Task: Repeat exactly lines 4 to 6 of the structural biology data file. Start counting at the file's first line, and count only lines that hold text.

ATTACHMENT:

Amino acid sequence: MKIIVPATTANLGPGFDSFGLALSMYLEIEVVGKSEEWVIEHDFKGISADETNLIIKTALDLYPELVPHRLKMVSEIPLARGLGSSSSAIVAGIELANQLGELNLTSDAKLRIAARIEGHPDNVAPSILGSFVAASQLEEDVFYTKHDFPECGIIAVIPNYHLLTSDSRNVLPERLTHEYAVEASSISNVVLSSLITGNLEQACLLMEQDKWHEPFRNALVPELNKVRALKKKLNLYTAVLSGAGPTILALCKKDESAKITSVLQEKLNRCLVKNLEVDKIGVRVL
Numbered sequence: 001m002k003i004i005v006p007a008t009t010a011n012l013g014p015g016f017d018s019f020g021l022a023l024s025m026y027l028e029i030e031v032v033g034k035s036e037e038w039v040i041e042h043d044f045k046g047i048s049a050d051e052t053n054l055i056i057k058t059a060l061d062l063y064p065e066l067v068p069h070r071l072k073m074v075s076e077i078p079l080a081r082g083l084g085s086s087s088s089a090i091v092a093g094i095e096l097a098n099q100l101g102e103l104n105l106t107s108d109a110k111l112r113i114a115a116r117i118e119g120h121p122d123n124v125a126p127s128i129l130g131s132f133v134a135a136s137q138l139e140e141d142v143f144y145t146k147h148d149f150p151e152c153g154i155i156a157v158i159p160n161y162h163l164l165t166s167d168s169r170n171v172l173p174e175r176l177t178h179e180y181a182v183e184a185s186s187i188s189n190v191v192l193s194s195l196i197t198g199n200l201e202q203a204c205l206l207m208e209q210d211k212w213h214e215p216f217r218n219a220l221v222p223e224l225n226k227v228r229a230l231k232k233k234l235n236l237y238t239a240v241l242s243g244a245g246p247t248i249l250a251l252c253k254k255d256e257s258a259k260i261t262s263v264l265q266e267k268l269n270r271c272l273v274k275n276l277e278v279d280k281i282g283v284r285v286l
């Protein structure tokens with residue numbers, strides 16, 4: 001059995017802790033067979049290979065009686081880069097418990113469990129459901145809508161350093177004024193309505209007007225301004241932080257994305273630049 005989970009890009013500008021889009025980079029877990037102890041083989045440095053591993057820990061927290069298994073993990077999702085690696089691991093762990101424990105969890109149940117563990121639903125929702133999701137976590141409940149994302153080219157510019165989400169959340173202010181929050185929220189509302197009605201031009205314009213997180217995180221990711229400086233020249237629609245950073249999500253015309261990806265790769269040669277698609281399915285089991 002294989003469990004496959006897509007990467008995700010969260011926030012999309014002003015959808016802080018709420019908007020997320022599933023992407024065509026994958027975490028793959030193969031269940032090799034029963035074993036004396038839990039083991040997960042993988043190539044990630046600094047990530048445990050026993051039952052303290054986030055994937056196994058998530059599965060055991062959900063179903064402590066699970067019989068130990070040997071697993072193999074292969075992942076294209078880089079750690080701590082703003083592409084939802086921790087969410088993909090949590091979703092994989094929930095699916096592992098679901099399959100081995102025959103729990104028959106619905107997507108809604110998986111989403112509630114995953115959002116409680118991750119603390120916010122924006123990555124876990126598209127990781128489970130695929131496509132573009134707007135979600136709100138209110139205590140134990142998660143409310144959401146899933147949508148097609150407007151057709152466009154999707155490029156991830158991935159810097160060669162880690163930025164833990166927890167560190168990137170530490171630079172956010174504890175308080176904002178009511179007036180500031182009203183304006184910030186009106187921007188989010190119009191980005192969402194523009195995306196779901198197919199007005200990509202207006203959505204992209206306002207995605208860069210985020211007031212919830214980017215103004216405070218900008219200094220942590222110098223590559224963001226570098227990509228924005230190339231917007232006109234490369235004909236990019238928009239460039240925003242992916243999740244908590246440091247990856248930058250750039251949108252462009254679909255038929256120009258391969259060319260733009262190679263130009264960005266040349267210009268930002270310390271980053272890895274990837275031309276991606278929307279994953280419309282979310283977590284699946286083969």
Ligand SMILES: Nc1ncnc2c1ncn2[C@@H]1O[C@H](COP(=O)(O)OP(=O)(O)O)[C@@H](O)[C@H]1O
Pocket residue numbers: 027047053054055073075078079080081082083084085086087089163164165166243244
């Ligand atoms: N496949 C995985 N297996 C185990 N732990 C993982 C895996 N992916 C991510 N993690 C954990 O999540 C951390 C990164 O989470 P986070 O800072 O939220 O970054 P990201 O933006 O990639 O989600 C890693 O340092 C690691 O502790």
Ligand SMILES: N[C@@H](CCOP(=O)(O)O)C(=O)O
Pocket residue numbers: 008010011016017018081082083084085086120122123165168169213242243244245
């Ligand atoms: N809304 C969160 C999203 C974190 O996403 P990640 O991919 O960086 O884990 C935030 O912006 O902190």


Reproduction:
Ligand SMILES: Nc1ncnc2c1ncn2[C@@H]1O[C@H](COP(=O)(O)OP(=O)(O)O)[C@@H](O)[C@H]1O
Pocket residue numbers: 027047053054055073075078079080081082083084085086087089163164165166243244
């Ligand atoms: N496949 C995985 N297996 C185990 N732990 C993982 C895996 N992916 C991510 N993690 C954990 O999540 C951390 C990164 O989470 P986070 O800072 O939220 O970054 P990201 O933006 O990639 O989600 C890693 O340092 C690691 O502790």